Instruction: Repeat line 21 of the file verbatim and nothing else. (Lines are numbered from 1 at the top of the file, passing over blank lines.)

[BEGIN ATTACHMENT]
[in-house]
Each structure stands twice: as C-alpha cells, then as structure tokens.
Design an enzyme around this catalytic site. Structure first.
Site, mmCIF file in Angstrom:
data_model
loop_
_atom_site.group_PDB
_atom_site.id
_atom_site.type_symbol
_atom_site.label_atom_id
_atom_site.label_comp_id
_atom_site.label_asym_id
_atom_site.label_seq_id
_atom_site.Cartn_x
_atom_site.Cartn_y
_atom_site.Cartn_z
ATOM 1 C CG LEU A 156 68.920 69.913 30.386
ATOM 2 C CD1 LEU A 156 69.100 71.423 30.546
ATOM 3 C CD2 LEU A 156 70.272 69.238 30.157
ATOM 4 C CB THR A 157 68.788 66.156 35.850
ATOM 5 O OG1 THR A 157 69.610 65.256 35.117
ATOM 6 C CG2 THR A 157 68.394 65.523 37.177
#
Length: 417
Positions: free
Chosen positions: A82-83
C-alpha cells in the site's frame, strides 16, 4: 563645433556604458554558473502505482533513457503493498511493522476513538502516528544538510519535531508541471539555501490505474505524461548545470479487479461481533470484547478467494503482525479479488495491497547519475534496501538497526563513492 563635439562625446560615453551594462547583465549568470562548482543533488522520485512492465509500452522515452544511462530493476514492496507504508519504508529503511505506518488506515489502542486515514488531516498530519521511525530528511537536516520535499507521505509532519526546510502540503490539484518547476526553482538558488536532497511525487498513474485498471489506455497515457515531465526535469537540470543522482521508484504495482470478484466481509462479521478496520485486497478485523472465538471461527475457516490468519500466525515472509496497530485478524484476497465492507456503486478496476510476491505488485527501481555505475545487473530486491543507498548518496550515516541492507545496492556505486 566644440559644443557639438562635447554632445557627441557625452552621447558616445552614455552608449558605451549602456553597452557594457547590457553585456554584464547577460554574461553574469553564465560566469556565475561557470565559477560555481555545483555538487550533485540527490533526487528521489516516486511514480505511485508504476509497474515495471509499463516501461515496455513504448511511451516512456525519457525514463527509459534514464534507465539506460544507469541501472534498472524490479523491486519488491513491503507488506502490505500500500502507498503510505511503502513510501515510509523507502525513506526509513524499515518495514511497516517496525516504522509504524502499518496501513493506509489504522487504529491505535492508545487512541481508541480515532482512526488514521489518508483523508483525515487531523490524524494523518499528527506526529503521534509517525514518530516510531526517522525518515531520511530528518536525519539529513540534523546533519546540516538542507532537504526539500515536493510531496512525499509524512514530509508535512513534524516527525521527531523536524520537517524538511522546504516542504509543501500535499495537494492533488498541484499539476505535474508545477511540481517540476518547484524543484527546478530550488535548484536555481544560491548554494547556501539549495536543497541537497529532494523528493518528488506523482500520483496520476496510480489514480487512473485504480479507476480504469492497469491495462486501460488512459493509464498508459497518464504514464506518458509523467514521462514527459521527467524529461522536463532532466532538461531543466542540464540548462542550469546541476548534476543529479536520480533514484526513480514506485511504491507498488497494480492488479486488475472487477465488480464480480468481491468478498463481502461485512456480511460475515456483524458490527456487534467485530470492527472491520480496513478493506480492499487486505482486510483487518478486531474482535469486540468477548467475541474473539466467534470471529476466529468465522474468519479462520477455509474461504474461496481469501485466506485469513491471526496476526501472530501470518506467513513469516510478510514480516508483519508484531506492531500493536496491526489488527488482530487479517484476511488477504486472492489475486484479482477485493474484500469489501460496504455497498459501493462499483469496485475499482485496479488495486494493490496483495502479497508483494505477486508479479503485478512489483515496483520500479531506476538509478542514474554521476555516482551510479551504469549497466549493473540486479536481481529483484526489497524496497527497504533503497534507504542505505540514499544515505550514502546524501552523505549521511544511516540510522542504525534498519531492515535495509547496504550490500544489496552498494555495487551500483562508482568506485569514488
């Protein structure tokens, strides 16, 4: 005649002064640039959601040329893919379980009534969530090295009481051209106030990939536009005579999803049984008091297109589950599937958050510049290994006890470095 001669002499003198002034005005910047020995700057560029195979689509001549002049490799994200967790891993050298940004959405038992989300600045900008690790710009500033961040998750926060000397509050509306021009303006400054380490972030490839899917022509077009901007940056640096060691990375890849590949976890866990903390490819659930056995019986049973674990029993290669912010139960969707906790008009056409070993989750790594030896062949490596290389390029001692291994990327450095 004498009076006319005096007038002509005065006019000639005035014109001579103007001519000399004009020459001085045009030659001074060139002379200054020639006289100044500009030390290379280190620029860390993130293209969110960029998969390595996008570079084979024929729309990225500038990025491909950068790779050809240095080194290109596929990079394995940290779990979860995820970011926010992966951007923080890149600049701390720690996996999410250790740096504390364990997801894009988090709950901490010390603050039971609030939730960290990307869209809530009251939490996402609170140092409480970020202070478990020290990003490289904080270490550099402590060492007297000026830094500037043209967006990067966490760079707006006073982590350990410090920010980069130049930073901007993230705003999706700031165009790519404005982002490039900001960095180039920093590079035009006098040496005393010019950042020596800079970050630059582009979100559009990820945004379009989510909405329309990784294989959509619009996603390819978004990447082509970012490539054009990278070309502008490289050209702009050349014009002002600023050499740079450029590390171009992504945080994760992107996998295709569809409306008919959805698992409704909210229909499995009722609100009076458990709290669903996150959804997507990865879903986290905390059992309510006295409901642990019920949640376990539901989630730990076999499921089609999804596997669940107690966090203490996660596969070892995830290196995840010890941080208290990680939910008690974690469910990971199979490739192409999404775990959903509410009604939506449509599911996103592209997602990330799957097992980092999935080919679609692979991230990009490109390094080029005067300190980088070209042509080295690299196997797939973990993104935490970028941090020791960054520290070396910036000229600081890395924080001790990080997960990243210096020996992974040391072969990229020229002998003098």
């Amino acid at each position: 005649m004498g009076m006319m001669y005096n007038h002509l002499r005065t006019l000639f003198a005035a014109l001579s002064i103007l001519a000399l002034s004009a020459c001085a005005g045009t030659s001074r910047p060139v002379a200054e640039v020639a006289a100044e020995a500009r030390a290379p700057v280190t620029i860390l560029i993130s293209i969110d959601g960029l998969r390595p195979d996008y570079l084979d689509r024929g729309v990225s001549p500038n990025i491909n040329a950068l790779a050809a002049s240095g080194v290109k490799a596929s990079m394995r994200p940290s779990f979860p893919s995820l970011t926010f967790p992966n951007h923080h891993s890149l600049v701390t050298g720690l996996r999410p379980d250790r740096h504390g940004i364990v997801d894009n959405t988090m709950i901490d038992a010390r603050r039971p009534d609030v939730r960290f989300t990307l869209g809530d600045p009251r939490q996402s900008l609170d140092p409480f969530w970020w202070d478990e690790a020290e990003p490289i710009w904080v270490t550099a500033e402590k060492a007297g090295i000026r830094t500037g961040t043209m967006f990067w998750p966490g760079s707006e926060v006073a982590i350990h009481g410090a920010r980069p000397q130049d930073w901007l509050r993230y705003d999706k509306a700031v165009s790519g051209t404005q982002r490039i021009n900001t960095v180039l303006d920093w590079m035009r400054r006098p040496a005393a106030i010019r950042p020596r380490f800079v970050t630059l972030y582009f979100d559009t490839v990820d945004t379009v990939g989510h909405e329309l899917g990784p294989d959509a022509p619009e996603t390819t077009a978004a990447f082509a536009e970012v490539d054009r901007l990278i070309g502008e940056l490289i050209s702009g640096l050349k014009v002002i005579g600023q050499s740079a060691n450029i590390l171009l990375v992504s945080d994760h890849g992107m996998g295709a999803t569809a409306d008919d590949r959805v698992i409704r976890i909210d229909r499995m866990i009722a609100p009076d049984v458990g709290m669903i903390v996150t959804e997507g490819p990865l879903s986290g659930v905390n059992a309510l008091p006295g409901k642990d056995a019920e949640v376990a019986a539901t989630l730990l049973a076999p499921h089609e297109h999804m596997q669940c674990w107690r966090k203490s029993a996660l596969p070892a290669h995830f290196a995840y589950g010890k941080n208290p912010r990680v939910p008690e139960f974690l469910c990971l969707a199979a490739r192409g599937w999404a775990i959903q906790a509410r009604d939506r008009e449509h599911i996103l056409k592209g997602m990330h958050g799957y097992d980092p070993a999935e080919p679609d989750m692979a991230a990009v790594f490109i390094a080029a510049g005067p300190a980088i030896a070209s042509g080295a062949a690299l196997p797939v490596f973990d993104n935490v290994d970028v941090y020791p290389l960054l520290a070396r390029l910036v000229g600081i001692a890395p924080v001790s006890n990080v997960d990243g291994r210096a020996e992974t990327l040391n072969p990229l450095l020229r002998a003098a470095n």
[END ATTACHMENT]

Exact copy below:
ATOM 5 O OG1 THR A 157 69.610 65.256 35.117